SME Adviser Series: Isolating time and creating the environment for strategic thinking
09 May 2018
Time is often the biggest constraint for business owners. Those who make time for focussed strategic thinking on a regular basis and introduce strategic thinking into daily interactions at more levels within their businesses, tend to achieve better results. Whilst we know this instinctively, however, operational issues can easily get in the way.
Writing for the Family Business Resource Centre, Paul Hopwood provides 10 tips for improving the quality and quantity of strategic thinking time:
- Split board meetings between strategy and operations. This could potentially be done in separate meetings, possibly with a smaller steering group.
- Schedule the dates six months ahead and never cancel the meetings.
- Use a One Page Plan as a framework. If you are discussing something that isn’t on the plan, either the plan is wrong, or you probably aren’t being strategic.
- Set strict administrative protocols and ensure they are followed. For example, send out the agenda in advance, circulate papers a week in advance, start and finish on time, bullet point minutes of actions and follow up action progress between meetings.
- Be aware of where the conversation is leading while keeping a balance between strategic and operational issues.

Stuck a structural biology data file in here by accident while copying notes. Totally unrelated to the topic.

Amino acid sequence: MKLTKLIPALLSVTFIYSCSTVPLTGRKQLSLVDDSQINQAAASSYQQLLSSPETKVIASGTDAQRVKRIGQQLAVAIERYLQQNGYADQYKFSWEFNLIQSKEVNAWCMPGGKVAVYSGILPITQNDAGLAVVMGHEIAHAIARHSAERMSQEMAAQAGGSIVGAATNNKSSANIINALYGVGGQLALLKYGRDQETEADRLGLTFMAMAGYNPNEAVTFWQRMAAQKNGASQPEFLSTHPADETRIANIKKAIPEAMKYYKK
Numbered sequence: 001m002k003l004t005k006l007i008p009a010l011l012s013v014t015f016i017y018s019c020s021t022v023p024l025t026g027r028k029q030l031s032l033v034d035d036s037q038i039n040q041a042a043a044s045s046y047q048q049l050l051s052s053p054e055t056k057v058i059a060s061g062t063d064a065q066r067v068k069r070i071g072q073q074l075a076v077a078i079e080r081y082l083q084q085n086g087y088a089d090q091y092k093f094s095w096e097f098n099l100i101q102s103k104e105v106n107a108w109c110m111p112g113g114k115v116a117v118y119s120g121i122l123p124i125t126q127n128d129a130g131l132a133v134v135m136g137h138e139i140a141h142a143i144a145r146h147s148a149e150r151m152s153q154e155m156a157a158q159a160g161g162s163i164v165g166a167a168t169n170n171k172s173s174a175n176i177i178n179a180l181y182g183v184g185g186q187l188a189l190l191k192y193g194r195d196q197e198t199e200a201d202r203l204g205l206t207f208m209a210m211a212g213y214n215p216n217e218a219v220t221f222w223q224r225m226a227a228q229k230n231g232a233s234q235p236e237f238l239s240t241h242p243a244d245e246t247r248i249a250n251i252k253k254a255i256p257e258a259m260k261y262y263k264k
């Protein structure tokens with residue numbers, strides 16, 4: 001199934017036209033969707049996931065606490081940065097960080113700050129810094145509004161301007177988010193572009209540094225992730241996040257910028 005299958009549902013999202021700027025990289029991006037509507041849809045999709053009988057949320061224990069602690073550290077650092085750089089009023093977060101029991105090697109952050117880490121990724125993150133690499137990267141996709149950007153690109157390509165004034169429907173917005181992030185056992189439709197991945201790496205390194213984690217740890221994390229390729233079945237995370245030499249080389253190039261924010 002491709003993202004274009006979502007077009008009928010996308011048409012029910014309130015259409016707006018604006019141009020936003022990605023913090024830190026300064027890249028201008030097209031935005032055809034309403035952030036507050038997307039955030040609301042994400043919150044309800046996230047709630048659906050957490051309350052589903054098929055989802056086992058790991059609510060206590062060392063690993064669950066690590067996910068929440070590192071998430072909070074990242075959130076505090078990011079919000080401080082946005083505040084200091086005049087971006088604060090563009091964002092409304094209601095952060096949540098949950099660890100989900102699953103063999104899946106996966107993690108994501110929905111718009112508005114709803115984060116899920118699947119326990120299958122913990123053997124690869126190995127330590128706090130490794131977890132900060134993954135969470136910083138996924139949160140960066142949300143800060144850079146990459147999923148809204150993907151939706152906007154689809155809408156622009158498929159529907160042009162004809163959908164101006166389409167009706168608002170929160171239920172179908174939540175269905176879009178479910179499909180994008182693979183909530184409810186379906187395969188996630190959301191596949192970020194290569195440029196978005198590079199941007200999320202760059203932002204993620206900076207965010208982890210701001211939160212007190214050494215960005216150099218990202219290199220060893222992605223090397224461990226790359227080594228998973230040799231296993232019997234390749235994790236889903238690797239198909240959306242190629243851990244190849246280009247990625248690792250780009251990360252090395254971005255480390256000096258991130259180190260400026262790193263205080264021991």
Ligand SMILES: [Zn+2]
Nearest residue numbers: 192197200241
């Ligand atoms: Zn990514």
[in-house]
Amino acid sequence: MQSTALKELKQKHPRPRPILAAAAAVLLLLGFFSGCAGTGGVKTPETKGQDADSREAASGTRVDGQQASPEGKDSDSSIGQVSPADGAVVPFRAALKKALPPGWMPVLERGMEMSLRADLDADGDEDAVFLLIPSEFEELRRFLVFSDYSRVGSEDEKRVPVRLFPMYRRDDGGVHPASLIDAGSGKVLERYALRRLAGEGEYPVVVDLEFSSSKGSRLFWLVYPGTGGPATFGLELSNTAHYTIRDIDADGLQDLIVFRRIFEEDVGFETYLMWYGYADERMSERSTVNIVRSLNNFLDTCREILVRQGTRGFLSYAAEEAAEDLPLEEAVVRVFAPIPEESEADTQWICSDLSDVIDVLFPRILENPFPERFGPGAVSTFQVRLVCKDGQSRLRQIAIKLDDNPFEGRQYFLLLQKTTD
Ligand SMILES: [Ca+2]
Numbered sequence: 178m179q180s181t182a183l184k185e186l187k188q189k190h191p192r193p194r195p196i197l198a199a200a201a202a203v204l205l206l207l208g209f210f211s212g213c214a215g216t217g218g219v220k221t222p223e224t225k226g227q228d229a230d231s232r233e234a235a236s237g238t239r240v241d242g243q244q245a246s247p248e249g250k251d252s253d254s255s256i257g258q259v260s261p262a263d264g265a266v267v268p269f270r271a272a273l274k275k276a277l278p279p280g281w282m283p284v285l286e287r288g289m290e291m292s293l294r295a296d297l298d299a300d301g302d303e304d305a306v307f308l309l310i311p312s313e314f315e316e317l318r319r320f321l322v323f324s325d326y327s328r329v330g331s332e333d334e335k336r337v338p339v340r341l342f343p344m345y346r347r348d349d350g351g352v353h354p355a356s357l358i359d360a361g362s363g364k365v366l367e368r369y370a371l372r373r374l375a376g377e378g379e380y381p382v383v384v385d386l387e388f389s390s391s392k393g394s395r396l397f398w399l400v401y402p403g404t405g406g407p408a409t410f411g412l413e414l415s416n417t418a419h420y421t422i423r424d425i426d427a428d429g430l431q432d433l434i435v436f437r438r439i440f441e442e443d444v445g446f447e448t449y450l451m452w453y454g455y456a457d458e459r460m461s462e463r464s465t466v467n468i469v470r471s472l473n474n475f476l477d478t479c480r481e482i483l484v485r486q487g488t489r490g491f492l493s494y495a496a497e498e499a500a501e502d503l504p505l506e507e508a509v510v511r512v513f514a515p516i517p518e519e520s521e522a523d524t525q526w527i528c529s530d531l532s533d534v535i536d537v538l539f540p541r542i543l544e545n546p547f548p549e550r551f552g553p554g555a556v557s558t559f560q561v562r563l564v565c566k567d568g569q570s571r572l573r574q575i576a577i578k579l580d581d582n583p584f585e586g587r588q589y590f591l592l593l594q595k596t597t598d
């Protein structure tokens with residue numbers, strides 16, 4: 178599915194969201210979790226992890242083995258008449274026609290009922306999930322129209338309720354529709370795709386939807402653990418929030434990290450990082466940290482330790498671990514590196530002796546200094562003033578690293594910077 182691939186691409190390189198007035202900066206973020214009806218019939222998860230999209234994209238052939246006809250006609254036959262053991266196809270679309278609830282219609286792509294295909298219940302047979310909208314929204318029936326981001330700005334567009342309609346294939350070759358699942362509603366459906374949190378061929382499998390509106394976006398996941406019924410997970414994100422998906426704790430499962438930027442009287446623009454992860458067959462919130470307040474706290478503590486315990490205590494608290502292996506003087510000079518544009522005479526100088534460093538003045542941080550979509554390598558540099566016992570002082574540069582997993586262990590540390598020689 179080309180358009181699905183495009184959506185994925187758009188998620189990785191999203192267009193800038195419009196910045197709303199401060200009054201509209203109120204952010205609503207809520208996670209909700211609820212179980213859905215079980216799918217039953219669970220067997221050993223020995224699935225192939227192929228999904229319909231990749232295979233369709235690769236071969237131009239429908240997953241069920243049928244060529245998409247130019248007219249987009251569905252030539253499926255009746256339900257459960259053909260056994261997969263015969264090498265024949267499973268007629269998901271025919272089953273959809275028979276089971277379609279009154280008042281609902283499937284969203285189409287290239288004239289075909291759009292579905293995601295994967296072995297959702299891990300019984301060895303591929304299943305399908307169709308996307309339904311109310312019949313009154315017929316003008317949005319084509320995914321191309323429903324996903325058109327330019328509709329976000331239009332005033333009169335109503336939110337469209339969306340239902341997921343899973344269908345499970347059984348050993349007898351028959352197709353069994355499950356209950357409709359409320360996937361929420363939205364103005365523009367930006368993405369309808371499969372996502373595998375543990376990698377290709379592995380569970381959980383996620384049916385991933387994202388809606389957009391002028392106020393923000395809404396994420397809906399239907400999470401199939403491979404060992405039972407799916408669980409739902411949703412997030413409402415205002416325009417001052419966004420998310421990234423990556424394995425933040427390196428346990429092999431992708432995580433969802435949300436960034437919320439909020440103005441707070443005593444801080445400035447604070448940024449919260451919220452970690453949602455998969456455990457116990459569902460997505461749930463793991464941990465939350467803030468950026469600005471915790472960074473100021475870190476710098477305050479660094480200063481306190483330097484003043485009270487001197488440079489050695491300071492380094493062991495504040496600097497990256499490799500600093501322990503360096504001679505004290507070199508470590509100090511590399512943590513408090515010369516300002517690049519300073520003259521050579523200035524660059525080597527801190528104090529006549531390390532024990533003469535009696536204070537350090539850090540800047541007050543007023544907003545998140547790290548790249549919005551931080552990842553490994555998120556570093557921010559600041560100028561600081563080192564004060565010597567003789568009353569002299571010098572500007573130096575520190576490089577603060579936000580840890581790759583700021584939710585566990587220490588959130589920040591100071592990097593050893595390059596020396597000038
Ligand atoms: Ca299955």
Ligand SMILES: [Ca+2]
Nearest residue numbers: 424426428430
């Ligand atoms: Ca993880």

- If there are some short-term, burning issues, factor them into the One Page Plan, but don’t get bogged down. Decide how they should be tackled outside the meeting (e.g. project team) and move on.
- Be conscious that you’re not spending too much time managing exceptions (i.e. actions not completed and excuses). This will waste everyone’s time.
- Ensure someone is responsible for keeping the meeting strategic. Usually this will be the chair or facilitator.
- Make your planning process iterative. Don’t put all your effort into the annual away-day, but evolve the strategy as you go along.
- Define the rules for each meeting. E.g. ego-less, listening, not interrupting, allowing everyone a turn to speak.
It takes practice and continuity to become more strategic. Honing this skill will not only reduce time wasted on fighting fires, but it will set you and your business apart from your competitors.
It’s not only the nature of your work, but also the lifestage you have reached that will define the kind of advice and support you need. At Beavis Morgan, we can help business leaders make critical decisions at each phase of the development cycle, from startup guidance to exit strategies, and everything in between.
Further reading: SME Adviser Series: Executing Strategy